New point of care Chlamydia Rapid Test—bridging the gap between diagnosis and treatment: performance evaluation studyBMJ 2007; 335 doi: https://doi.org/10.1136/bmj.39402.463854.AE (Published 06 December 2007) Cite this as: BMJ 2007;335:1190
- Lourdes Mahilum-Tapay, director of scientific affairs1,
- Vivian Laitila, director of regulatory affairs1,
- James J Wawrzyniak, research assistant2,
- Helen H Lee, reader in medical biotechnology2,
- Sarah Alexander, clinical scientist3,
- Catherine Ison, director3,
- Alison Swain, senior doctor4,
- Penelope Barber, chief executive officer4,
- Ines Ushiro-Lumb, virologist5,
- Beng T Goh, consultant, genitourinary medicine clinics5
- 1Diagnostics for the Real World (Europe) Ltd, Cambridge Science Park, Cambridge CB4 0WG
- 2University of Cambridge, Department of Haematology, Diagnostics Development Unit, EABC Site, Long Road, Cambridge CB2 2PT
- 3Sexually Transmitted Bacteria Reference Laboratory, Health Protection Agency Centre for Infections, London NW9 5HT
- 4Brook in Birmingham, 56-61 John Bright Street, Birmingham B1 1BL
- 5Barts and The London NHS Trust, London E1 1BB
- Correspondence to: H H Lee
- Accepted 9 October 2007
Objective To evaluate the performance of a new Chlamydia Rapid Test with vaginal swab specimens as a potential tool for chlamydia diagnosis and screening.
Design Performance evaluation study.
Settings A young people’s sexual health centre (site 1) and two genitourinary medicine clinics (sites 2 and 3) in the United Kingdom.
Participants 1349 women aged between 16 and 54 attending one of the three clinics.
Main outcome measures Sensitivity, specificity, positive predictive value, and negative predictive value of the Chlamydia Rapid Test versus polymerase chain reaction and strand displacement amplification assays; correlation between the Chlamydia Rapid Test visual signal and organism load; acceptability to participants of self collected vaginal swabs as the specimen type for Chlamydia testing.
Results Polymerase chain reaction positivity rates for Chlamydia trachomatis infection were 8.4% (56/663) at site 1, 9.4% (36/385) at site 2, and 6.0% (18/301) at site 3. Compared with polymerase chain reaction assay, the resolved sensitivity, specificity, positive predictive value, and negative predictive value of the Chlamydia Rapid Test were 83.5% (91/109), 98.9% (1224/1238), 86.7% (91/105), and 98.6% (1224/1242). Compared with strand displacement amplification assay, sensitivity and specificity of the Chlamydia Rapid Test were 81.6% (40/49) and 98.3% (578/588). Organism load of self collected vaginal swabs ranged from 5.97×102 to 1.09×109 Chlamydia plasmids per swab, which correlated well with the Chlamydia Rapid Test’s visual signal (r=0.6435, P<0.0001). Most (95.9%) surveyed participants felt comfortable about collecting their own swabs.
Conclusions The performance of the Chlamydia Rapid Test with self collected vaginal swabs indicates that it would be an effective same day diagnostic and screening tool for Chlamydia infection in women. The availability of Chlamydia Rapid Test results within 30 minutes allows for immediate treatment and contact tracing, potentially reducing the risks of persistent infection and onward transmission. It could also provide a simple and reliable alternative to nucleic acid amplification tests in chlamydia screening programmes.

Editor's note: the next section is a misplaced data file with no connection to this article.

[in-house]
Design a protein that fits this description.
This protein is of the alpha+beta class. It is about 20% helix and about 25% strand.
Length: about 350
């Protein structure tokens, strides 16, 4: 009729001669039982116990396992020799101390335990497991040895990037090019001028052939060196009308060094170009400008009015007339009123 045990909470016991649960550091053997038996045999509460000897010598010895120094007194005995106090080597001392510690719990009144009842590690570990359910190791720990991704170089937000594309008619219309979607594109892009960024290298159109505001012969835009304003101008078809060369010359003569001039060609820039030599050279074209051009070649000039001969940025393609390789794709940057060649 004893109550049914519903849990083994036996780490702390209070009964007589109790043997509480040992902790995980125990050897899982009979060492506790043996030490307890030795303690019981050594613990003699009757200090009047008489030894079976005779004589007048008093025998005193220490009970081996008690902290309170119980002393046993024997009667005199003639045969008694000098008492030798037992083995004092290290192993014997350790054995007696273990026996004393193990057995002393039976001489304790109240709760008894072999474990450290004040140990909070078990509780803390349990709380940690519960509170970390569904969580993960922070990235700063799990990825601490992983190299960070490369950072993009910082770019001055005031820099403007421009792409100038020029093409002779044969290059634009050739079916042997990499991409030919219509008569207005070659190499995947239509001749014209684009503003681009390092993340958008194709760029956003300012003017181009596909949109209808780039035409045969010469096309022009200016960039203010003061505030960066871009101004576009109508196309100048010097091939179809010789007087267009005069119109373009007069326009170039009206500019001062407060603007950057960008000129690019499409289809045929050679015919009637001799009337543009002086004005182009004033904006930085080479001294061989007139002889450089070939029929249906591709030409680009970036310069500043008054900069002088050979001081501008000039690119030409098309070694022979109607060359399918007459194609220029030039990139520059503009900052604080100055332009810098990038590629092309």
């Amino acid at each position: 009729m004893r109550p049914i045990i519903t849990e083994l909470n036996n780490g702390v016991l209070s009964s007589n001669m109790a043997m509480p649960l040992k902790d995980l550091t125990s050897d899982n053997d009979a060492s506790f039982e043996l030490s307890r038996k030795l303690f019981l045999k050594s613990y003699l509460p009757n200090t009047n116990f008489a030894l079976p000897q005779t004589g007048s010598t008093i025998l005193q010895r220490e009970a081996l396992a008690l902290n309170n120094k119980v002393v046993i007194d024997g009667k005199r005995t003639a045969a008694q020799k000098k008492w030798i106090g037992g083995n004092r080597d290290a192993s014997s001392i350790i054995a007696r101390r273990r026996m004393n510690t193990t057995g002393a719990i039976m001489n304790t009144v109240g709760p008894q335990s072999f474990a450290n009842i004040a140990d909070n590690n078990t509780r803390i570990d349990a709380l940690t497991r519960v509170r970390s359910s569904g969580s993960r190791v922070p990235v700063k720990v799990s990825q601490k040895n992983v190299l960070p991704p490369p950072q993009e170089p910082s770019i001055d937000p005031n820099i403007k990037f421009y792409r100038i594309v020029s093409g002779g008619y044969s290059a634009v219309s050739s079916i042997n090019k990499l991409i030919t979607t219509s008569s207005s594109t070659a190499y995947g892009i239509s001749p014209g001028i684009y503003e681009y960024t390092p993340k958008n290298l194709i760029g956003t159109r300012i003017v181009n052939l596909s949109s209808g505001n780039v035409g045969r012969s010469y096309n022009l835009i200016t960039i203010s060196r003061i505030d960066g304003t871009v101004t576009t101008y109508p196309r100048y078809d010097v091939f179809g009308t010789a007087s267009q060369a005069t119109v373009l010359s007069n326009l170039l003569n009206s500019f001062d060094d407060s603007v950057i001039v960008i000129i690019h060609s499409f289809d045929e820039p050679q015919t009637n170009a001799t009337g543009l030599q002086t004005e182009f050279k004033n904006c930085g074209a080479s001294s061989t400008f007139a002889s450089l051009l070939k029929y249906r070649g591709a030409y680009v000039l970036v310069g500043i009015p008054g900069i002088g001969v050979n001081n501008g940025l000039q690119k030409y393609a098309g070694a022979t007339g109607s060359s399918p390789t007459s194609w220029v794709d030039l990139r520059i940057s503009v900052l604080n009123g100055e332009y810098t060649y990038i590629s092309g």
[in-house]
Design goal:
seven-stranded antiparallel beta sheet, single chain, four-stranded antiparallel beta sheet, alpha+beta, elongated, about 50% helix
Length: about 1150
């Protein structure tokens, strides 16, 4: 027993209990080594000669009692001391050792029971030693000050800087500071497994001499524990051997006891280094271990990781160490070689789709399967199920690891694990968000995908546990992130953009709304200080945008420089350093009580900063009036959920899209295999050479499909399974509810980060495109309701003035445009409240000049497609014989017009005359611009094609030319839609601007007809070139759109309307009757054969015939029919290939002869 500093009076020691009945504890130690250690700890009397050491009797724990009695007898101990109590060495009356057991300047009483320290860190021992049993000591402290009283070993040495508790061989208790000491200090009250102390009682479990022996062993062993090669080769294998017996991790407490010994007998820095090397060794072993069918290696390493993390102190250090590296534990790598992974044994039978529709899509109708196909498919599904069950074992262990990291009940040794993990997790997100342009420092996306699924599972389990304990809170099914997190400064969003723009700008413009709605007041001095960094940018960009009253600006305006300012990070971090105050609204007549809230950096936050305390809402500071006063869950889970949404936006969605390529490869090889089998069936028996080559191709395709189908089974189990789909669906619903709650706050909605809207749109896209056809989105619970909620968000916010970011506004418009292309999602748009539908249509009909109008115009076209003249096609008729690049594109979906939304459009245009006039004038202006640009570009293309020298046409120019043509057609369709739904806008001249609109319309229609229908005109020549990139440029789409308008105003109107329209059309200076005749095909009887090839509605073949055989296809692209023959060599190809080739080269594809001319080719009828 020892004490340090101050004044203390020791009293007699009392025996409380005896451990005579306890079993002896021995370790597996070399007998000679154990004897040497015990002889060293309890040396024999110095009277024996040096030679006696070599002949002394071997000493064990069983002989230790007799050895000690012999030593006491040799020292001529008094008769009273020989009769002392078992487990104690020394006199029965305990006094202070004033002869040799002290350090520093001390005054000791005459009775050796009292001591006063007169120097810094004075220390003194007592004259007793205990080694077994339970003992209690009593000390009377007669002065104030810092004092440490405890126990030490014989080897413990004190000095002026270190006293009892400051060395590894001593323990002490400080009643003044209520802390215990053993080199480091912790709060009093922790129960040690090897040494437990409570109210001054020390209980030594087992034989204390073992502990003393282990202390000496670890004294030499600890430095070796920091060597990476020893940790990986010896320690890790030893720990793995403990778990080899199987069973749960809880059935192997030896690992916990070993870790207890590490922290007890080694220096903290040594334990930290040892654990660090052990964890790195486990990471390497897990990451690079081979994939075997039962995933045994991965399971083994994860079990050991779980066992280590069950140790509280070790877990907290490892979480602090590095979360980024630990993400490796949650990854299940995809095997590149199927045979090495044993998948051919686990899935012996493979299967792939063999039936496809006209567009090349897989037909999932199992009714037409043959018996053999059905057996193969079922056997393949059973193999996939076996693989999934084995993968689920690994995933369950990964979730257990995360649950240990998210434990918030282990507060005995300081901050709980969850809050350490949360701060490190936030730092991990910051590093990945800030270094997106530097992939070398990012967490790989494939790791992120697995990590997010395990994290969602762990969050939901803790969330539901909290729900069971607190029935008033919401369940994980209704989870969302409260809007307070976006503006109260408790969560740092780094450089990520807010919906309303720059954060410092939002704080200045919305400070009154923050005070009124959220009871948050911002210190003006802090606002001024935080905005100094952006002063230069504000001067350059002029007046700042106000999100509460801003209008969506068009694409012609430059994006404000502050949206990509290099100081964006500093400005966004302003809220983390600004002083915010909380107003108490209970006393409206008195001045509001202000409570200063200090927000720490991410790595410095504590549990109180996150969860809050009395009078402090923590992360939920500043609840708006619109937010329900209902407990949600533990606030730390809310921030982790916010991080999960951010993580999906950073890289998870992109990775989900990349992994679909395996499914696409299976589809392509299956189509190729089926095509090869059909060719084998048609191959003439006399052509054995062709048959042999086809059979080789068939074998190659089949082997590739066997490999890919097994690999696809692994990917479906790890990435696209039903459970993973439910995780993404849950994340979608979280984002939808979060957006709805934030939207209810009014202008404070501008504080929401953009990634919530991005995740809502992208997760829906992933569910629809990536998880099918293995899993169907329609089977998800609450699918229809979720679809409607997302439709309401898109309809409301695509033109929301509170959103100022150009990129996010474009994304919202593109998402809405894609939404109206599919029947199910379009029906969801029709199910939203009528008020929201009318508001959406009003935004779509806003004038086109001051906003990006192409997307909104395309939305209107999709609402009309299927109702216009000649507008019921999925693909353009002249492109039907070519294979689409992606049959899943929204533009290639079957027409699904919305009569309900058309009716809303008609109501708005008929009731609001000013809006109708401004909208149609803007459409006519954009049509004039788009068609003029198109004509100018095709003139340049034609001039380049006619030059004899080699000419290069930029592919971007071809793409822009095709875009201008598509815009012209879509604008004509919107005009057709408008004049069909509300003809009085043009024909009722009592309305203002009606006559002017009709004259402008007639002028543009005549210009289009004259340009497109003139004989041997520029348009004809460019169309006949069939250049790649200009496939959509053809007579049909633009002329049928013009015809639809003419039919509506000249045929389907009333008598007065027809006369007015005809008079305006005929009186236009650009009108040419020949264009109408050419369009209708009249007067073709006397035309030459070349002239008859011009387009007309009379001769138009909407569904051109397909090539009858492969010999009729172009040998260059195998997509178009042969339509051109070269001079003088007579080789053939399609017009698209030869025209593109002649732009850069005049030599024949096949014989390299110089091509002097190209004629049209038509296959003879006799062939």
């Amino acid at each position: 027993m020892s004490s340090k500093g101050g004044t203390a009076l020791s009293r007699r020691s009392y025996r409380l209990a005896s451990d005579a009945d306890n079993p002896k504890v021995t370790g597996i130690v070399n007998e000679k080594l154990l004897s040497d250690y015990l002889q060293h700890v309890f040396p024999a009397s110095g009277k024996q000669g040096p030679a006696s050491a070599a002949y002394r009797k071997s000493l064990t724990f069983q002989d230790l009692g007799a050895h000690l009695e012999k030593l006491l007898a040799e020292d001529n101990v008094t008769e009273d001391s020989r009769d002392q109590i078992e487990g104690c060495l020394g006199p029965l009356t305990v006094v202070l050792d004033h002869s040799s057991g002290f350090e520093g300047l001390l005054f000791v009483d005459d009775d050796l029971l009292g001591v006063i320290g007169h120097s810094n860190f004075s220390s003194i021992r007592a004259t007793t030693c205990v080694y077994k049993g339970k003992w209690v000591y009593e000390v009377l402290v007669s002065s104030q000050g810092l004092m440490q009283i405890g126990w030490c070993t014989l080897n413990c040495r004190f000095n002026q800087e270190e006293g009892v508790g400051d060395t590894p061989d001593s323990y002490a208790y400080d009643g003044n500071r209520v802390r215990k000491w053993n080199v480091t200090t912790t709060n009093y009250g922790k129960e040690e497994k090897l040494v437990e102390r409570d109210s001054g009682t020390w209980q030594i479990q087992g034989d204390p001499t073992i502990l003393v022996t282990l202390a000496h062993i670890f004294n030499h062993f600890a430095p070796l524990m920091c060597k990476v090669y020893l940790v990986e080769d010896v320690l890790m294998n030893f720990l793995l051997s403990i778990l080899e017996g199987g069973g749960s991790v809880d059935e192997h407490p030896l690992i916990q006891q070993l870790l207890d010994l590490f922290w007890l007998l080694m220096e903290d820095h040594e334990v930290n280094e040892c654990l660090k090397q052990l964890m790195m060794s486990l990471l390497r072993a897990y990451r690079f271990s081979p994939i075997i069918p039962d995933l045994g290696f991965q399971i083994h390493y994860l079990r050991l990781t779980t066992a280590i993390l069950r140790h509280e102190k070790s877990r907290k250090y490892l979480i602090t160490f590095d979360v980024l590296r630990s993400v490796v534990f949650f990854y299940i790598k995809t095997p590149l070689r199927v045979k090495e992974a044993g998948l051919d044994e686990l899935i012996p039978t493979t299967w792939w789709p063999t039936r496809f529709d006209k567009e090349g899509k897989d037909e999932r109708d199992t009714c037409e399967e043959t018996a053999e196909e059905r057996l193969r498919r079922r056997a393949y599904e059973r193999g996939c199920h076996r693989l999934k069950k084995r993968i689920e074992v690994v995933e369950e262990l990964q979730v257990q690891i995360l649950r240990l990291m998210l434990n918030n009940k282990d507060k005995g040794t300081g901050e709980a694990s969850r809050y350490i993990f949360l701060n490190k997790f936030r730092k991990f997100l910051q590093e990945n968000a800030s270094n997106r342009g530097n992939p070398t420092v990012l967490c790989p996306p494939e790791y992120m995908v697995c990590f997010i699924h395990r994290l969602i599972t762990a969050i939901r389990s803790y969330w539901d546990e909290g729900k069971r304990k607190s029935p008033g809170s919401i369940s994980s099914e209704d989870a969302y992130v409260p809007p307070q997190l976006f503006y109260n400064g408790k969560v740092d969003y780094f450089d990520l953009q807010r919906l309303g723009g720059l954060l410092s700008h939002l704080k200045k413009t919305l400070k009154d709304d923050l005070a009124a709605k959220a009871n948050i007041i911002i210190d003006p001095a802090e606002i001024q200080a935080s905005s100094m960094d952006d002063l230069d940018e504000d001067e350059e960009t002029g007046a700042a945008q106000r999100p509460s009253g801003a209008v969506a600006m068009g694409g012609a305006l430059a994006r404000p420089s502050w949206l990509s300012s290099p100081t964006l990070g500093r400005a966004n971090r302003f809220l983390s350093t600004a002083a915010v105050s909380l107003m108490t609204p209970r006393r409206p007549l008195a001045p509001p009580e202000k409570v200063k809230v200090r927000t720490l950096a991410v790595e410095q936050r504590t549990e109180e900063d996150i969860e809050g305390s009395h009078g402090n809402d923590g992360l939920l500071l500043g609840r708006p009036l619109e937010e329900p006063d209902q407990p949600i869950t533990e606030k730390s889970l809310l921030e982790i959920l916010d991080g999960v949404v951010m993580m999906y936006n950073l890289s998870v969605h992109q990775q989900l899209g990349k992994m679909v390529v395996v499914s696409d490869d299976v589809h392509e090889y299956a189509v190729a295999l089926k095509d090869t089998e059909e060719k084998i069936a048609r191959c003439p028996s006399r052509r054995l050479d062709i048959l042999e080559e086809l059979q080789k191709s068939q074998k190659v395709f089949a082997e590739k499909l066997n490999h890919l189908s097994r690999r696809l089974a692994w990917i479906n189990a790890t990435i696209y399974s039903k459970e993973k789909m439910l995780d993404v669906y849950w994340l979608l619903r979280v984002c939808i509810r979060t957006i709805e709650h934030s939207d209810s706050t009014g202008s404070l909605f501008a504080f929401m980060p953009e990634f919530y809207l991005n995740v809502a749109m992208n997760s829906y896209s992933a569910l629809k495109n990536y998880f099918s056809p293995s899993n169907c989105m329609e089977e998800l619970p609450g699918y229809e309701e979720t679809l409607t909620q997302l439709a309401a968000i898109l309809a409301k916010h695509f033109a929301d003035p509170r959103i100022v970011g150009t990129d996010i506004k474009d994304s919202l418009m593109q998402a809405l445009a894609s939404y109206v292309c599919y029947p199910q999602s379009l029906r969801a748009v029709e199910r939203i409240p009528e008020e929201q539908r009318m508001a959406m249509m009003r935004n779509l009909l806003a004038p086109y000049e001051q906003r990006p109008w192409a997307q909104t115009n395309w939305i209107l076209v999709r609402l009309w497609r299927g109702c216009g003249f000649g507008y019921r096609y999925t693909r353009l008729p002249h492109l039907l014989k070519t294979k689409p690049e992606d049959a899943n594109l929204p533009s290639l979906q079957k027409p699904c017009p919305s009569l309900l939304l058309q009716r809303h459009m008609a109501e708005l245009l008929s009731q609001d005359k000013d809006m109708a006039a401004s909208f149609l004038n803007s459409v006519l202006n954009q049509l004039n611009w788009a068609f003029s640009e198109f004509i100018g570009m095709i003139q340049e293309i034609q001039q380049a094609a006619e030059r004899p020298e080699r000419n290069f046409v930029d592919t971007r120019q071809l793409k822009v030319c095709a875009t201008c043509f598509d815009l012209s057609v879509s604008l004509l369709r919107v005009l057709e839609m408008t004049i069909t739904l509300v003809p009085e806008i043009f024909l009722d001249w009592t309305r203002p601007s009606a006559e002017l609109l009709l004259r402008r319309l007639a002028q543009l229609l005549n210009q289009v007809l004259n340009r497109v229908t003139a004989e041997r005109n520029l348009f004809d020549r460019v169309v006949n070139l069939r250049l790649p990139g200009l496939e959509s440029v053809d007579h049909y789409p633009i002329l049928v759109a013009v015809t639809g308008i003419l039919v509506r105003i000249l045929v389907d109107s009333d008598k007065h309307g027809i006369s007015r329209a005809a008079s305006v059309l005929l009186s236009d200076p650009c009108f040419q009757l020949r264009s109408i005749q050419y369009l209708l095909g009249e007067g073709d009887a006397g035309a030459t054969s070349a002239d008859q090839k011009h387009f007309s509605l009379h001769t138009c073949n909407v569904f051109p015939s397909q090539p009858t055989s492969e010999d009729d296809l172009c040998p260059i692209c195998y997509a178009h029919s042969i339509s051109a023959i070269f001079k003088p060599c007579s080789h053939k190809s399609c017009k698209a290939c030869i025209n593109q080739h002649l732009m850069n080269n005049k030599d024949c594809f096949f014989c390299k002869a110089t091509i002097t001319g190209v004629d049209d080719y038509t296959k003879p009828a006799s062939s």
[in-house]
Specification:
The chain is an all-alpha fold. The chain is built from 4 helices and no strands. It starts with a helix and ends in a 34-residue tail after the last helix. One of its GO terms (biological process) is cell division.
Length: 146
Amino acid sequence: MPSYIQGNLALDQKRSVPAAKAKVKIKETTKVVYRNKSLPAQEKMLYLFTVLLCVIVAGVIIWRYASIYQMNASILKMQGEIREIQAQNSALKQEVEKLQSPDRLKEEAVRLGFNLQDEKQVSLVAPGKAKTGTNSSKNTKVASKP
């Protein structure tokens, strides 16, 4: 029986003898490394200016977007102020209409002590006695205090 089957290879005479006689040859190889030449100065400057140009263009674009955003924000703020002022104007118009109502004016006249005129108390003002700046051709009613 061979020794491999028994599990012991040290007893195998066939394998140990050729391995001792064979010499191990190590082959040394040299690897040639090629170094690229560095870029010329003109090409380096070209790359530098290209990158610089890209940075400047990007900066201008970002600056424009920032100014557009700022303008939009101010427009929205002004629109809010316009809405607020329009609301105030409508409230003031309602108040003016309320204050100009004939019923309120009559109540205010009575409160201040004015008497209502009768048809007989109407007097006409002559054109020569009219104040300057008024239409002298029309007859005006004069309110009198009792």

We thank I Clarke (University of Southampton) for providing the plasmid pCTL12A used as a standard in the quantitative analysis; J White (Guy’s and St Thomas’ Hospital, London), J-P Allain (University of Cambridge), and ECB Nadala Jr (Diagnostics for the Real World (Europe) Ltd) for critical review of the manuscript; and the participants and staff at the three clinical sites of the study.
Contributors: HHL was the chief investigator of the study. LM-T, VL, and HHL prepared the clinical plan and acted as clinical monitors. LM-T wrote the first draft of the manuscript. VL and JJW were responsible for data entry and analysis. BTG, IU-L, and PB were the principal investigators at the clinical sites. AS was the clinician involved in the study at site 1. CI and SA tested and analysed discordant samples. All authors participated in drafting and revising the manuscript, and all approved the final version. HHL is the guarantor.
Funding: Wellcome Trust grant to the University of Cambridge.
Competing interests: JJW and HHL are equity holders of a spin-off company, Diagnostics for the Real World, based on the rapid test technologies developed at the University of Cambridge. Both the University of Cambridge and the Wellcome Trust are also equity holders of the company.
Ethical approval: Moorfields and Whittington Research Ethics Committee (05/Q0504/53); Brook in Birmingham Research Ethics Committee.
Provenance and peer review: Not commissioned; externally peer reviewed.
- Accepted 9 October 2007